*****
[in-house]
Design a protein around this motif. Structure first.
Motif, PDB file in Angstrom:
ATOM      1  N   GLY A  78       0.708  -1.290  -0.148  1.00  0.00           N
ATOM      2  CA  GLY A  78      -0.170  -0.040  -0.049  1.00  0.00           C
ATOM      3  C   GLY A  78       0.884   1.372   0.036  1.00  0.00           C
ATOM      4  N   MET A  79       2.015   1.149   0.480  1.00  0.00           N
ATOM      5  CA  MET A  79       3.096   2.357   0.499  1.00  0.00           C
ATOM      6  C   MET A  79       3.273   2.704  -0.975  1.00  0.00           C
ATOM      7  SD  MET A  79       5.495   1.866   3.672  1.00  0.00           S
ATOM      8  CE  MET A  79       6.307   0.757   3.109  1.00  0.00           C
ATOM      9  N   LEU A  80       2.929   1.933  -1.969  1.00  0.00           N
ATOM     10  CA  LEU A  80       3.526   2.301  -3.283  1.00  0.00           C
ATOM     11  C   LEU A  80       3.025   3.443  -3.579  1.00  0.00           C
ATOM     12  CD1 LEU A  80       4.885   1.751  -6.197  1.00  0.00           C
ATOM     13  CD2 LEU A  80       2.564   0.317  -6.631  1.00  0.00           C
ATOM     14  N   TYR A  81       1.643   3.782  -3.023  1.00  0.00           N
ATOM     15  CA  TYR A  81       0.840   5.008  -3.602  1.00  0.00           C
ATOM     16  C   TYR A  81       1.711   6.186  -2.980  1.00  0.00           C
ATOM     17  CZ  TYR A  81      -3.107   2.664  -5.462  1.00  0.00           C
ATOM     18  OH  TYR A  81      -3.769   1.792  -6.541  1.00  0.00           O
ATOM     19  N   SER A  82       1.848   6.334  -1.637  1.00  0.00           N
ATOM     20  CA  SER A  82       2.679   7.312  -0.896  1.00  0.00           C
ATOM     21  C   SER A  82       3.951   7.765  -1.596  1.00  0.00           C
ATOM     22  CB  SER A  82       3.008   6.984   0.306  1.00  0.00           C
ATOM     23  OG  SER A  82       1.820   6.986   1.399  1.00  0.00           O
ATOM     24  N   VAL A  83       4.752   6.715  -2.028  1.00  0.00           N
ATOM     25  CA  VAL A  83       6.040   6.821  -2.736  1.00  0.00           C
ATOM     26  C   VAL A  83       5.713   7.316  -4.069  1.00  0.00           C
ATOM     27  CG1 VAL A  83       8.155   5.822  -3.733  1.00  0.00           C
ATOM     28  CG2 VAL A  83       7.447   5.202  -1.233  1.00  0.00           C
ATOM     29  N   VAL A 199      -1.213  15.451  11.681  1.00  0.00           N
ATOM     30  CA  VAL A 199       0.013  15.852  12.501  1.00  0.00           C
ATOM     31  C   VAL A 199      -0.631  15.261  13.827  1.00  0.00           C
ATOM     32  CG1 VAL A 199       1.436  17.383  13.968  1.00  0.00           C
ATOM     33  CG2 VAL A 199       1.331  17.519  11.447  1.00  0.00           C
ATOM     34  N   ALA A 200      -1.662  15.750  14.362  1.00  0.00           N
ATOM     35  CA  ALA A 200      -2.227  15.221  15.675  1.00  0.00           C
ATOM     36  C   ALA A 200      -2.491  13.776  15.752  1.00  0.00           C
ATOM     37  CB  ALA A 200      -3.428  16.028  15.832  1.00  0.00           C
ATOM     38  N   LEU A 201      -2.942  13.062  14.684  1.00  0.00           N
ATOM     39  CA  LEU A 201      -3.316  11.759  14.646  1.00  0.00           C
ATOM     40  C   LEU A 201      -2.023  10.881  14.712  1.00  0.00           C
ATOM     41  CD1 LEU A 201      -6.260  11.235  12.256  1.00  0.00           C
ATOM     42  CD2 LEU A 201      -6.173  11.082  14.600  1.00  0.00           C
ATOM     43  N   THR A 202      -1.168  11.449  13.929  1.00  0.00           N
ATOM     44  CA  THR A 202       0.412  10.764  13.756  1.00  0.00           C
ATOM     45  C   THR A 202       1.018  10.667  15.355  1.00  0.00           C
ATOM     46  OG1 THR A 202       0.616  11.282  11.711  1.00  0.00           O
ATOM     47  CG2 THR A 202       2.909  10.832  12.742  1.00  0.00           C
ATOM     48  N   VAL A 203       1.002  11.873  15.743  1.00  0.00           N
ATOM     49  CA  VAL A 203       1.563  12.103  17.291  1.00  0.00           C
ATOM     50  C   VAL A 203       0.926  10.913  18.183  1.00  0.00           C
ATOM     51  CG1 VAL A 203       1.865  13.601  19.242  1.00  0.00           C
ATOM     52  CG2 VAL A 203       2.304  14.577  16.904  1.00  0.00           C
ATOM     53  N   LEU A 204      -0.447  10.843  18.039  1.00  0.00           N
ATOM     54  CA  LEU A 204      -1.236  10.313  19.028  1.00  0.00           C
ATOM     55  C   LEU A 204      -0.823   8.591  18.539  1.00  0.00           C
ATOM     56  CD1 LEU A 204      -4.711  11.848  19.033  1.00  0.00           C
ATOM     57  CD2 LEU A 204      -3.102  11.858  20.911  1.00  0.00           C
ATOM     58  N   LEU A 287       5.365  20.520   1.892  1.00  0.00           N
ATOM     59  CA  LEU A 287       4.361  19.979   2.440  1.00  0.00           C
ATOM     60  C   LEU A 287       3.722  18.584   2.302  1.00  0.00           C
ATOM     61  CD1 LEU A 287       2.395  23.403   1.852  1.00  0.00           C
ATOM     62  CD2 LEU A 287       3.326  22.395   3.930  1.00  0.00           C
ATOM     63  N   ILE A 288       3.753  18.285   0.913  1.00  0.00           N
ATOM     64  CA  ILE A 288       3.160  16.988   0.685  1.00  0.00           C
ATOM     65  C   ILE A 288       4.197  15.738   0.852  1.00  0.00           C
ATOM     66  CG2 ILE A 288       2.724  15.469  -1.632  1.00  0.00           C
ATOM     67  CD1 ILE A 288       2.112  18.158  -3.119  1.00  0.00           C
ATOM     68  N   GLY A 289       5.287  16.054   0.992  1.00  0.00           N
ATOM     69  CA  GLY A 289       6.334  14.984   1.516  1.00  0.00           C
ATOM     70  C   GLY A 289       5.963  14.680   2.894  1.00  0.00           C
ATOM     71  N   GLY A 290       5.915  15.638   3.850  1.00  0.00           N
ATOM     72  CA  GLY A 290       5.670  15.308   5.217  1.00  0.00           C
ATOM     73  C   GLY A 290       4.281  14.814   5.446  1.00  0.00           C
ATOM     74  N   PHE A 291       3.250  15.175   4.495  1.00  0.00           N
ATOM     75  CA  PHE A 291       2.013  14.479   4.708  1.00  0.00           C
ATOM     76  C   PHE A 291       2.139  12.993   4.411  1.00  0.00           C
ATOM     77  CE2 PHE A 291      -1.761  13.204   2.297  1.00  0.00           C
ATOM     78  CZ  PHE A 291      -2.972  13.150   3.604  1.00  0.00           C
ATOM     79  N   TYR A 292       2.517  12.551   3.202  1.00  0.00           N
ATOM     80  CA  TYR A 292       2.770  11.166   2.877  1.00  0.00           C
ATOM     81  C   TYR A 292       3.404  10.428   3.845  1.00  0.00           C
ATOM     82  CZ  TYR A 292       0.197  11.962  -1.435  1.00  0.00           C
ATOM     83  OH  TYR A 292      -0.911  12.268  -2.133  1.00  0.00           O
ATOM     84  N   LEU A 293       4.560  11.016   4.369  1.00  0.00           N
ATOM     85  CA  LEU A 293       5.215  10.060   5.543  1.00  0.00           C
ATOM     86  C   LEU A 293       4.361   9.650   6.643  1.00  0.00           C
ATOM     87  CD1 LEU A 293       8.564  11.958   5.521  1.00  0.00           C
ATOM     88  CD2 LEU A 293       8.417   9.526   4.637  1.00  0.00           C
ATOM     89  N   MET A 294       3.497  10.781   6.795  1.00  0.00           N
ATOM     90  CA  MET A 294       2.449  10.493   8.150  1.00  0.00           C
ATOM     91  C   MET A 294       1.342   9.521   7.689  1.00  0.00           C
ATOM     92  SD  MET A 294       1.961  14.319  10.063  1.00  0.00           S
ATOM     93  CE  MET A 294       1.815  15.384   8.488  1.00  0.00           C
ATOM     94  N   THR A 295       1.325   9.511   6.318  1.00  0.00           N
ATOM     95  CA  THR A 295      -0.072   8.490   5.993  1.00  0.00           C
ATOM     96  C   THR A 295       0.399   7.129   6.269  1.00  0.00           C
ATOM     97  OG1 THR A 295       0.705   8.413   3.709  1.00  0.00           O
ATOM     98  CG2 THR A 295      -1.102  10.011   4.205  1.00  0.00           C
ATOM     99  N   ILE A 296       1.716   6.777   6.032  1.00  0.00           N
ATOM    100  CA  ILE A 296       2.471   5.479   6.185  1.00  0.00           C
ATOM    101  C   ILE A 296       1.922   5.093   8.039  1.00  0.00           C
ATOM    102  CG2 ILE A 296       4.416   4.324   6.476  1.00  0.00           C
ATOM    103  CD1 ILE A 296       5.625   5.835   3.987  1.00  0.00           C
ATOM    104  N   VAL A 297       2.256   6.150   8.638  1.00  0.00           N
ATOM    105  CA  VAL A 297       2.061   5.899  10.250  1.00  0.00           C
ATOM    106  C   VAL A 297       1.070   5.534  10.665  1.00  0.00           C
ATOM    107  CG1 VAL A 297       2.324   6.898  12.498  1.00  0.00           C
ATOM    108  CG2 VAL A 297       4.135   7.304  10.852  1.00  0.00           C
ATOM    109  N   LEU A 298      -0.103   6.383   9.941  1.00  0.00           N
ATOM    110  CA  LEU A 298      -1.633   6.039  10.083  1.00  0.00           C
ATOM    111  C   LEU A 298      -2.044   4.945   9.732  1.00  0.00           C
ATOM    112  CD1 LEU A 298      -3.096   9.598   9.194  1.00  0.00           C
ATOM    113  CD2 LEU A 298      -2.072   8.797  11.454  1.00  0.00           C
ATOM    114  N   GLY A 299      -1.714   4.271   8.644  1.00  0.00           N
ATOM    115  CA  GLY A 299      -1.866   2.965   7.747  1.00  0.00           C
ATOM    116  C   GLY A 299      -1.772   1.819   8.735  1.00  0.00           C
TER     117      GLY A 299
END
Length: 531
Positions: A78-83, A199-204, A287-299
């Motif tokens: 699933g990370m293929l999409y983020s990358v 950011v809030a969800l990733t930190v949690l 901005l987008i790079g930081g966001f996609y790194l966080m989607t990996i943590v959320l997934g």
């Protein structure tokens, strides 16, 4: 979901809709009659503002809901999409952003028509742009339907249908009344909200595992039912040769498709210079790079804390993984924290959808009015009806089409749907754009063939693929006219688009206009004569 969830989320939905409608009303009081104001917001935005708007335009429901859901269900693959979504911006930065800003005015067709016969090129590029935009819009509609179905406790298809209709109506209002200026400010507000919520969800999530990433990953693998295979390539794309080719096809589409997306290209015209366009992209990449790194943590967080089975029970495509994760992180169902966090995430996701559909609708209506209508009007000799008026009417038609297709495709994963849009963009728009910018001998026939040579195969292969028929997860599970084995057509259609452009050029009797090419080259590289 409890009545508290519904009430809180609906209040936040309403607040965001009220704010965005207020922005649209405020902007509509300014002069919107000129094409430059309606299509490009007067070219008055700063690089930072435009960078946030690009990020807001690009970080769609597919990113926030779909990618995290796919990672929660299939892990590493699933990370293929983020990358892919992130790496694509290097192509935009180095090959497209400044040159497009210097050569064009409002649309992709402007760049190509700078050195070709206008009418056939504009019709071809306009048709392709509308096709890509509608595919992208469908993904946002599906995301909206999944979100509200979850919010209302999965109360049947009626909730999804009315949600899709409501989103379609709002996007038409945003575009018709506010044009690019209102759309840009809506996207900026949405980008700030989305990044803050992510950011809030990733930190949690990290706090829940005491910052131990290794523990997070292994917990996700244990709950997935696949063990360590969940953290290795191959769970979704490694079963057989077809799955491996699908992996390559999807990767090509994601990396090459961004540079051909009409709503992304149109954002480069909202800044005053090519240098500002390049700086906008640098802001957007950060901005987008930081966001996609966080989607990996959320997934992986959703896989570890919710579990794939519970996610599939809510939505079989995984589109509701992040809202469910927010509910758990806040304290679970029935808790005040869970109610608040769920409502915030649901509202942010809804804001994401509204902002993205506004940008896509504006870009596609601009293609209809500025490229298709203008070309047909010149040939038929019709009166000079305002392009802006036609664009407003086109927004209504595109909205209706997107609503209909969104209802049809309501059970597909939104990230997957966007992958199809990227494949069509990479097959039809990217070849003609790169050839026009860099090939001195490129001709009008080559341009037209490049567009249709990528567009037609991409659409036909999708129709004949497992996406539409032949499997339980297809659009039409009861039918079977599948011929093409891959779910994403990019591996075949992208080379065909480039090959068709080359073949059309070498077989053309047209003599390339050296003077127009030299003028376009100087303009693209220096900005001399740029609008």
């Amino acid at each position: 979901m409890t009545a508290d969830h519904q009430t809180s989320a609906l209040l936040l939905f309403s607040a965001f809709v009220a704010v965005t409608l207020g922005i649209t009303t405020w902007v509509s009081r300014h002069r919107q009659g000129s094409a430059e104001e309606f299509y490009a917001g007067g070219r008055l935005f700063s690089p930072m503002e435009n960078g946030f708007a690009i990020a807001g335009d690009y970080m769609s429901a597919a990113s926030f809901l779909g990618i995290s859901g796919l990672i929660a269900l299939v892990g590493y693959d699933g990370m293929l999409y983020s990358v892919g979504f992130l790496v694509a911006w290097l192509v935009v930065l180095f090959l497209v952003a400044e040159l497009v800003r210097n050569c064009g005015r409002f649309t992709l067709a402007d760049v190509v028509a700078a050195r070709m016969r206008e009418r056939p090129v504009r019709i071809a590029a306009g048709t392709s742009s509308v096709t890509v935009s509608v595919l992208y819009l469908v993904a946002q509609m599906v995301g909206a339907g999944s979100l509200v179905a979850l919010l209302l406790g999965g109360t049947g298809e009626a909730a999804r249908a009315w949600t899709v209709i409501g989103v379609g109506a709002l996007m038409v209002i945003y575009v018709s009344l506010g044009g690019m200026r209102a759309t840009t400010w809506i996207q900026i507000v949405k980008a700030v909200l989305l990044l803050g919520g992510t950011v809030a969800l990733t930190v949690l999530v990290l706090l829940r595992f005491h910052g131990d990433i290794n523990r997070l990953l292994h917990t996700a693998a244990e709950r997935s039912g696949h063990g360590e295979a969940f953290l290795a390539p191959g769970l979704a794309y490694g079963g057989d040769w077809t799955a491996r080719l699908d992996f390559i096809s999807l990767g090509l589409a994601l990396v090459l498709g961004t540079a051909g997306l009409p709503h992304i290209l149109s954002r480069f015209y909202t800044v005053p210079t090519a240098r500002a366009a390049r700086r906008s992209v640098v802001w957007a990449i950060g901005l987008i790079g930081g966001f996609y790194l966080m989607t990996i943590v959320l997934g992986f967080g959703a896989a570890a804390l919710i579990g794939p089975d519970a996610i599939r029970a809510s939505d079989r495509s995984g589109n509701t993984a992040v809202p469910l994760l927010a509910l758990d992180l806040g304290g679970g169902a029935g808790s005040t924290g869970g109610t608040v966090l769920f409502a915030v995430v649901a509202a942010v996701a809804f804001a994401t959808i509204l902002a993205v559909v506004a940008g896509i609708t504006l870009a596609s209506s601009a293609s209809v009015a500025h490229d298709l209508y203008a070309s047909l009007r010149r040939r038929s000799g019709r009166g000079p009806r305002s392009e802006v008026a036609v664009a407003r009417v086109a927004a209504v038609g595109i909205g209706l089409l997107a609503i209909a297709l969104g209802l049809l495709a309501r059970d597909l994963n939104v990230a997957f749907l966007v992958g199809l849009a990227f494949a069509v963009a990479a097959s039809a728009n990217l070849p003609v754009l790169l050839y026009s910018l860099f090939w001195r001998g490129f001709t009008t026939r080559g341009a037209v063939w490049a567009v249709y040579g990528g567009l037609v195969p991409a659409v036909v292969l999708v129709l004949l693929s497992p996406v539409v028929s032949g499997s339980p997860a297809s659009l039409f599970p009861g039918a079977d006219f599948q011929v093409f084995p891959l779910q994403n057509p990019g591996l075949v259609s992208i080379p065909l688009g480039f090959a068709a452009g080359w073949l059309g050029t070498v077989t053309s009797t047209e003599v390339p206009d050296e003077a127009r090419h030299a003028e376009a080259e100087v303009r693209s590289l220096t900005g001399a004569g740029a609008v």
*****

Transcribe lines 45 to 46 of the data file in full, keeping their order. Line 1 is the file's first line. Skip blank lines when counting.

ATOM     42  CD2 LEU A 201      -6.173  11.082  14.600  1.00  0.00           C
ATOM     43  N   THR A 202      -1.168  11.449  13.929  1.00  0.00           N